One of the most memorable scenes from A Beautiful Mind takes place at a bar. A handful of men contemplate competing for the hand of a pretty blonde; Russell Crowe’s character, Dr. John Forbes Nash Jr. explains if they all compete for the blonde, no one will get her; but, if they ignore the blonde and seek out her brunette companions, they won’t block each other, and they’ll not offend the other women for being second choice. “That’s the only way we win,” he says.
To summarize a long article by Wordstream, this is game theory at its finest. But game theory isn’t just for the silver screen or economic geniuses; it’s philosophy could become a common practice in PPC advertising.
PPC and Cooperation Among Competing Companies
Did you know that companies make deals with each other to avoid the proverbial blonde? It’s true, and it happens more often than you’d think.
It’s not uncommon for large companies to collaborate with other companies on which brand term keywords they want to use, in exchange for avoiding another company’s brand term keywords.
Why would they do that?
Let’s say Company A spends a million dollars on PPC targeted at Company B’s keywords and scores 10,000 new customers. Now Company B retaliates, and spends $1 million on PPC targeted at Company A’s keywords, and they get 10,000 new customers. Both companies are back where they started.
According to Wordstream’s article, “…new ad technologies have made this type of collusion far more effective…10 to 100x more effective!”
But be warned, game theory in PPC advertising has led to murky waters. For example, 1-800-Contacts is currently being sued by the U.S. Federal Trade Commission for anticompetitive behavior. The contact company struck 14 agreements, which resulted in reduced price competition and higher prices for consumers.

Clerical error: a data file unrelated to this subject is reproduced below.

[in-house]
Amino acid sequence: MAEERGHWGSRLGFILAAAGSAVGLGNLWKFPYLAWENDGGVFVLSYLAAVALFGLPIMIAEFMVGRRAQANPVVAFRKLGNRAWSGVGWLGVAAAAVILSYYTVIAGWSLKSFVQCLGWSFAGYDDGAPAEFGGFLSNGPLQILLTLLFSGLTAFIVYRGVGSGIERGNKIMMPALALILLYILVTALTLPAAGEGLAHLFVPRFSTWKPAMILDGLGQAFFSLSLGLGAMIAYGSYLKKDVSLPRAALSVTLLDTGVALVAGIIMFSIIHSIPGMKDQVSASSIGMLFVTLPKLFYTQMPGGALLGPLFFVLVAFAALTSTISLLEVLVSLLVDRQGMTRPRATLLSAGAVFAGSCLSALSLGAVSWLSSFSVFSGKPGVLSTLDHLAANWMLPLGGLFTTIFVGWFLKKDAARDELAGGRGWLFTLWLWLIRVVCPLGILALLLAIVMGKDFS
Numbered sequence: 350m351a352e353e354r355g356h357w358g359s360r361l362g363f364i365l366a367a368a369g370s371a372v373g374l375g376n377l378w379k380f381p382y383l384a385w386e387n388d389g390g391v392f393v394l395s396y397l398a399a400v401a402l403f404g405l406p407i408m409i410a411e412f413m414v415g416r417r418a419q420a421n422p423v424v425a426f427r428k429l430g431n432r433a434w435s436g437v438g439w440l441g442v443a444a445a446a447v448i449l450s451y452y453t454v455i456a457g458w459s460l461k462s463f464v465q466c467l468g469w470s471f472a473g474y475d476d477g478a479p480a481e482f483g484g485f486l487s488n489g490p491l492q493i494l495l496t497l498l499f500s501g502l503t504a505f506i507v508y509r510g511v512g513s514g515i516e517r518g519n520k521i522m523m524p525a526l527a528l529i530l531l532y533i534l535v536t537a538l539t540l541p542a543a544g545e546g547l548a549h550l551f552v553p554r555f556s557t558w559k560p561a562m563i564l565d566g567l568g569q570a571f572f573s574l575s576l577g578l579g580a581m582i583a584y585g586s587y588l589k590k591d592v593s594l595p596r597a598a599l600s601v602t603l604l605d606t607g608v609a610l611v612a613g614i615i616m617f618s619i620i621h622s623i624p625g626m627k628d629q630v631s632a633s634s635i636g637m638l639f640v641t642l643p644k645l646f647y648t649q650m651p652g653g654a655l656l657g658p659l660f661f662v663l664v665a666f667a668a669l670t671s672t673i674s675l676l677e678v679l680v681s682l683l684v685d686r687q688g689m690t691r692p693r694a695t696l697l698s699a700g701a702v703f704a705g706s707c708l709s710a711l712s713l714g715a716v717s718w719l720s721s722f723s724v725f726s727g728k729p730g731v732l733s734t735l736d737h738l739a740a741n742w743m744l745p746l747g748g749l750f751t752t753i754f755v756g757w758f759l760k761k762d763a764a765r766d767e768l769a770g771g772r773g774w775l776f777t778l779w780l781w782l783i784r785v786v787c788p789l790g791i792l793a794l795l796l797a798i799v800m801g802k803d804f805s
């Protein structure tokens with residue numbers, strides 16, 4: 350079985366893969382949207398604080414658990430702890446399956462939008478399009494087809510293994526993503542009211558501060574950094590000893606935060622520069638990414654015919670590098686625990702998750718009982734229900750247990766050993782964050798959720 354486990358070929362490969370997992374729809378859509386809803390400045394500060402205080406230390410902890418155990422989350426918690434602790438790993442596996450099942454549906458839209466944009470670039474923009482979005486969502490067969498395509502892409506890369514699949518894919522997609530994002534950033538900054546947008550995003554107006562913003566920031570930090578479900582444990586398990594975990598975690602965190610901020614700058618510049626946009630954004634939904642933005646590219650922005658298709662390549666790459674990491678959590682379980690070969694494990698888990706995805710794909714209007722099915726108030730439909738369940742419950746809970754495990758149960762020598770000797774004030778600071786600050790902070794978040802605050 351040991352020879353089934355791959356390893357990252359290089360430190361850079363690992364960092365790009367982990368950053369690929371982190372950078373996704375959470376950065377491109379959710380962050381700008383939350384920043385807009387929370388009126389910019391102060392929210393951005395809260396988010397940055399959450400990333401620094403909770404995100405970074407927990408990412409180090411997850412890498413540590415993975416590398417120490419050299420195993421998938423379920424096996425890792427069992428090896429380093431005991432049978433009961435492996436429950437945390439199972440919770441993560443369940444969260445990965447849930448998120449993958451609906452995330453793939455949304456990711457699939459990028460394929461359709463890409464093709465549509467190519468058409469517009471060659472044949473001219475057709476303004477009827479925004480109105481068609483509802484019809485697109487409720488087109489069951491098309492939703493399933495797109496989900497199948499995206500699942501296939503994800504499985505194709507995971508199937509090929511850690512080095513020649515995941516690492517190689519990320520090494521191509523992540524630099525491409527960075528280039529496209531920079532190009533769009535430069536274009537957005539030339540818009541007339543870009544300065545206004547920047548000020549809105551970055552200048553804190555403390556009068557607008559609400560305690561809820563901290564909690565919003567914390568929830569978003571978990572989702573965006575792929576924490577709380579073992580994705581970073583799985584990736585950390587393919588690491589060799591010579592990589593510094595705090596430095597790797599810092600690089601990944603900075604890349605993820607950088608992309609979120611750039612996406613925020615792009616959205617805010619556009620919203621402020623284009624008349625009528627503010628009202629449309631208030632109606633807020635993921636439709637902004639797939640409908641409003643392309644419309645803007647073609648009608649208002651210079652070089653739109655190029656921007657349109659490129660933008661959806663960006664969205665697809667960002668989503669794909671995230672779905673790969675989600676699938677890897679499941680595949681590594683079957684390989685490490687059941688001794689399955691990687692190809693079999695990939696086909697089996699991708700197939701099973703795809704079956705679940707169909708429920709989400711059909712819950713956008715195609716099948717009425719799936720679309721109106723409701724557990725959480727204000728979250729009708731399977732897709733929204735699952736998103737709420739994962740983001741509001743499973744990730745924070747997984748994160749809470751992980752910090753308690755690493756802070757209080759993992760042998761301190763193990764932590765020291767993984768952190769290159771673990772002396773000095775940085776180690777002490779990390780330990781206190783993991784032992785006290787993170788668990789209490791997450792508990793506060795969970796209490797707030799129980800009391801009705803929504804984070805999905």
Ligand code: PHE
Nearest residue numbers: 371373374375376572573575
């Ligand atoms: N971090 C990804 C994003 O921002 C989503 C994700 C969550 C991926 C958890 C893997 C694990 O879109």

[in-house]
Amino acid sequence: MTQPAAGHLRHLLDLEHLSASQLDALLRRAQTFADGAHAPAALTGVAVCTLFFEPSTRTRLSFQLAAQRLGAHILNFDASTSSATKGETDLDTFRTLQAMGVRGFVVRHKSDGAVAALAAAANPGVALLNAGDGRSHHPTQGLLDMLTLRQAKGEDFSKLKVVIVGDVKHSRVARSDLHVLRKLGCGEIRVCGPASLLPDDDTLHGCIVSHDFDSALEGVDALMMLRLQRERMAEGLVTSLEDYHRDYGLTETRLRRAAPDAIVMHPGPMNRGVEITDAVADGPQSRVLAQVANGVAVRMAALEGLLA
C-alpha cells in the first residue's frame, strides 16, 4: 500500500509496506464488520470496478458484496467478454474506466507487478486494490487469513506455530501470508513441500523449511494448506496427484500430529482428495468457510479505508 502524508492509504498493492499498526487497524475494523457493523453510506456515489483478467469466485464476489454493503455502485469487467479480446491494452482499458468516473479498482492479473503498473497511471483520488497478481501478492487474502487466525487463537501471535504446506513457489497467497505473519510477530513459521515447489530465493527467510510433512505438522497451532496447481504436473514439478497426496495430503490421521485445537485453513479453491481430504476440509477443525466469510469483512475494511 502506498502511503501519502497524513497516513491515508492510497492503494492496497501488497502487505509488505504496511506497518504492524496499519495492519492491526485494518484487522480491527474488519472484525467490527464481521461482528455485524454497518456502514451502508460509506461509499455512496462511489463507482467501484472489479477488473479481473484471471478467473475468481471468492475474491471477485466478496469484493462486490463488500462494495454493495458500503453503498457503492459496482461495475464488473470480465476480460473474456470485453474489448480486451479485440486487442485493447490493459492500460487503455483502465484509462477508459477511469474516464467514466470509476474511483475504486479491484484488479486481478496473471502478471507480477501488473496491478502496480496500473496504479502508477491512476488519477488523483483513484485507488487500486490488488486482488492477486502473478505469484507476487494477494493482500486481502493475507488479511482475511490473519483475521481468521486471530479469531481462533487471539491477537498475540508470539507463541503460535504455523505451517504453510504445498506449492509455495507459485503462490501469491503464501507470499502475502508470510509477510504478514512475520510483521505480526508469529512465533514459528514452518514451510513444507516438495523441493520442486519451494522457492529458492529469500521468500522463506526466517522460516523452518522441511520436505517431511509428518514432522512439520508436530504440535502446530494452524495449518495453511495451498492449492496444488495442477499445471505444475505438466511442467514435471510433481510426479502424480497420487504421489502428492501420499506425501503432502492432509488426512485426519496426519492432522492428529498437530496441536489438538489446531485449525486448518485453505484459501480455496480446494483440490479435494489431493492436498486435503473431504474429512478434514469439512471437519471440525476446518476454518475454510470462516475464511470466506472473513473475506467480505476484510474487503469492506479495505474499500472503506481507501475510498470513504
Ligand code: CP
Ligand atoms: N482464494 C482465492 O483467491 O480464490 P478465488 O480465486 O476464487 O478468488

Nonetheless, there’s a lot we can take away from this example of game theory applied to PPC marketing.
Game Theory in PPC Practice
The price a company pays per click is related proportionally to what the other advertisers are willing to pay for the same search term. This is why 1-800 Contacts is currently under fire. They basically cut out the competition, which drove the price per click down. In game theory, this is the same as avoiding the blonde and focusing on her friends.
These agreements can be arranged in a number of ways including exclusionary targeting, which would include switching target market lists with the competition, and excluding all the people on the competition’s list from your own PPC efforts; or, not competing over customers at all, and instead focusing on non-competitive audience targeting, things like remarketing lists for search ads (RLSA).
In the latter, every company has unlimited search terms to work with, but would benefit by expanding the scope of non-competitive remarketing and not going after consumers with general PPC advertising.
While game theory in PPC is certainly debatable, non-competitive practices are an enticing idea when search term prices are high. Is PPC doomed to be competitive forever, or is the blond woman at the bar worth the sacrifice if everyone can win?